Submitted by Paul Socolar on February 19, 2013 5:25 pm

Today the District said the release is postponed to Thursday or Friday of this week.

Submitted by Anonymous (not verified) on February 19, 2013 5:26 pm
So the Principal at Beeber tells the TRUTH 100% of the time, reporting incidents as they occur, all the incidents without exception and pays the price. Teaches a great lesson. If he were one of Penny's girls who lie as easily as they walk, he'd be spared but the truth will get you hammered. This is a disgrace for all to see. Principals lie about incidents routinely and everybody knows it but this guy "Plays by the rules" and pays the price.
Submitted by Anonymous (not verified) on February 19, 2013 6:21 pm
Schools left off the closing list should not celebrate just yet. Renaissance may be coming. Good for parents not wanting to send children to another location. Not so good for teachers and other staff who will all be forced transfers. The big question...what will be different for schools where students have performed consistently at very low levels in math and reading?
Submitted by Anonymous (not verified) on February 19, 2013 6:56 pm
Don't Renaissance schools have to be in Corrective Action II? What are the rules for choosing the Renaissance schools?
Submitted by Anonymous (not verified) on February 19, 2013 6:08 pm
There are rules but the district doesn't follow them.... schools in corrective action 9/10 weren't touched last year while schools at corrective action 3 were. If a charter likes your schools - it could be on the list.
Submitted by Anonymous (not verified) on February 19, 2013 6:04 pm
How are they keeping Strawberry Mansion open and closing the Elementary School; LP Hill, which is attached?
Submitted by Anonymous (not verified) on March 21, 2013 11:17 pm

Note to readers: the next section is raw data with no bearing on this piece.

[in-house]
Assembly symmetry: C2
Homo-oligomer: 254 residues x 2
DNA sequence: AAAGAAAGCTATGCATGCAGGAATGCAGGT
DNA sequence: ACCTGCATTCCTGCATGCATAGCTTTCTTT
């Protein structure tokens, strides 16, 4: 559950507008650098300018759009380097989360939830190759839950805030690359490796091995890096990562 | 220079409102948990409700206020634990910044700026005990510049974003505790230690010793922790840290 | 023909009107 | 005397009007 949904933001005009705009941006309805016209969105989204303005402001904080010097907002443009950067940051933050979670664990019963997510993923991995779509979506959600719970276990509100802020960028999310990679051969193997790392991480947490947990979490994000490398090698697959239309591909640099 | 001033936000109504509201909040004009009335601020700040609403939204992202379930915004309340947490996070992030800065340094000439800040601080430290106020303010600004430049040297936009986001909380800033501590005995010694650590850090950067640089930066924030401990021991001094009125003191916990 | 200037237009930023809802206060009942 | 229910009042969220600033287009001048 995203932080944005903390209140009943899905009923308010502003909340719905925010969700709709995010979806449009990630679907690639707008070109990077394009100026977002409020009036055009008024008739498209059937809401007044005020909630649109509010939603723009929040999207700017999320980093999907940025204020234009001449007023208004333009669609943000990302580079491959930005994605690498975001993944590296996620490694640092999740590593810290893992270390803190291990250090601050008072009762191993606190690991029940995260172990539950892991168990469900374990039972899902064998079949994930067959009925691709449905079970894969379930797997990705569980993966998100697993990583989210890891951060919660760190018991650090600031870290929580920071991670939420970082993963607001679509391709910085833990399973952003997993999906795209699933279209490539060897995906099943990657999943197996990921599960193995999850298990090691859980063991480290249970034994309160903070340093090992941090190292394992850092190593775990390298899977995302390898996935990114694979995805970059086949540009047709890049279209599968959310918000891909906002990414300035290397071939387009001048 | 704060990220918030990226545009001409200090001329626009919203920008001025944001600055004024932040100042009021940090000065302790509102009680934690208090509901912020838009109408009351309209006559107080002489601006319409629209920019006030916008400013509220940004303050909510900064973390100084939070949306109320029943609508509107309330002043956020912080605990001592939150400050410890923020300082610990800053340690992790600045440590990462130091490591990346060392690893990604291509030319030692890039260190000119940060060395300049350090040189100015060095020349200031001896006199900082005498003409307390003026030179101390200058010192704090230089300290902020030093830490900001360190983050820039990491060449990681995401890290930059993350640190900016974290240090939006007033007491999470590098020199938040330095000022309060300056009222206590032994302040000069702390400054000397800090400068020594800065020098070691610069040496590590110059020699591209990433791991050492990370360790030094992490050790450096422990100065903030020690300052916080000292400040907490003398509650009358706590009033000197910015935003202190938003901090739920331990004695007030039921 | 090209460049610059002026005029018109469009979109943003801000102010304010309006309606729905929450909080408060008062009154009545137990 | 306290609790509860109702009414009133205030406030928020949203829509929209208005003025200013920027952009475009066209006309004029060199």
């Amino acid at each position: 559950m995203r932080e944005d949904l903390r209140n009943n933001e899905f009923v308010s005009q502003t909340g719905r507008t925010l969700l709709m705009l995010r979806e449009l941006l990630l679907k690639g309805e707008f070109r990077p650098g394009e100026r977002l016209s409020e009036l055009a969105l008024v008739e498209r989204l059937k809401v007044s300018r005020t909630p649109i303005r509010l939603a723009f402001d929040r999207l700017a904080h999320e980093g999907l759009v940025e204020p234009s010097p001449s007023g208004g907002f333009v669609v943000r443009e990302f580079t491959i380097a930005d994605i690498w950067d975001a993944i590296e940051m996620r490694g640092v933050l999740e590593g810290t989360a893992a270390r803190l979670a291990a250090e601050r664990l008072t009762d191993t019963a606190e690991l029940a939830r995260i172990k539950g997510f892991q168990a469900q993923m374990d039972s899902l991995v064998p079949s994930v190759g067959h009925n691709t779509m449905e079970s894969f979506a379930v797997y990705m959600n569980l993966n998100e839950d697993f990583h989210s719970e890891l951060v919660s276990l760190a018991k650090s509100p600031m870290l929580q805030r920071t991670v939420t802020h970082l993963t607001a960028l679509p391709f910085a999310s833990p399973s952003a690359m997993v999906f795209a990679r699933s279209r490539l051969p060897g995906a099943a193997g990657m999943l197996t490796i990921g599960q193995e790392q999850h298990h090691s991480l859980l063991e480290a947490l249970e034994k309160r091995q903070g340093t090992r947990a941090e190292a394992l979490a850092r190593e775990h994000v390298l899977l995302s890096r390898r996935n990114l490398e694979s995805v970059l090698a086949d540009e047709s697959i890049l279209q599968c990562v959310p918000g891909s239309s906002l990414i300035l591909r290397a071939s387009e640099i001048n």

The SRC is proving more and more to be a sham process as well as Dr. Hite's reasoning for ammending his original list. The bigger issue at hand is it seems to be creating a civil war within our school district. Schools against schools, neighbors against neighbors, parents against parents...all pleading thier case about why their schools should be choosen to remain open. M hall stanton supporters were scheduled to speak tonight at the src but respectfully withdrew on the grounds that we feel we deserve a specific school closure meetings as the other schools had. Tonight was just a general meeting.I am someone who has a very vested interest in keeping stanton open next year. I can tell you that the staff, parents, community members and elected officials of stanton community have been working very hard together since stanton was unjustly nominated for closure. We have spent hours researching, data analyzing, reading proposals of the formerly nominated schools that was submitted to dr. Hite... we were more than hurt and saddened especially upon reading duckerys proposal. They individuals responsible for creating this document by referring to the stanton community as a "drug ridden crime infested area" several times. It claimed they were the better performing school and submitted documents showing that they havent made AYP in 10 years, they are listed as corrective action 2 school and they only met 8 out of 23 indicators. Stanton has made AYP 4 in the last 10 years, are only corrective action 1 and made 14 out of 23 indicators. Whats more they made blantant lies about the state of the facility that could have surely been proven wrong had ANY proper fact checks been involved in the decision to add stanton. ALSO interesting is the fact that a sister of a member of the src also submitted a proposal that stanton be closed instead of dukery. This document listed several elected officials as suppoters in favor of stanton closing. When we contacted them for verification they had NO IDEA their names were listed and were honestly quite shocked. Did dr. Hite read these unprofessional proposals, one of them from a SISTER of an src member and change his mind based on the lies and propoganda in them?. We have reached out to several local news stations, reporters including from the notebook, etc to bring attention to the concerns we have and hopefully will have a favorable response from them soon. The whole process is beyond unfair, undemocratic, and clearly lacks the level of decision making process that should be involved when making a school closure reccomendation, ESPECIALLY an AMENDED school closure reccomendation. Thank you to everyone who has kept this community in your thoughts and prayers..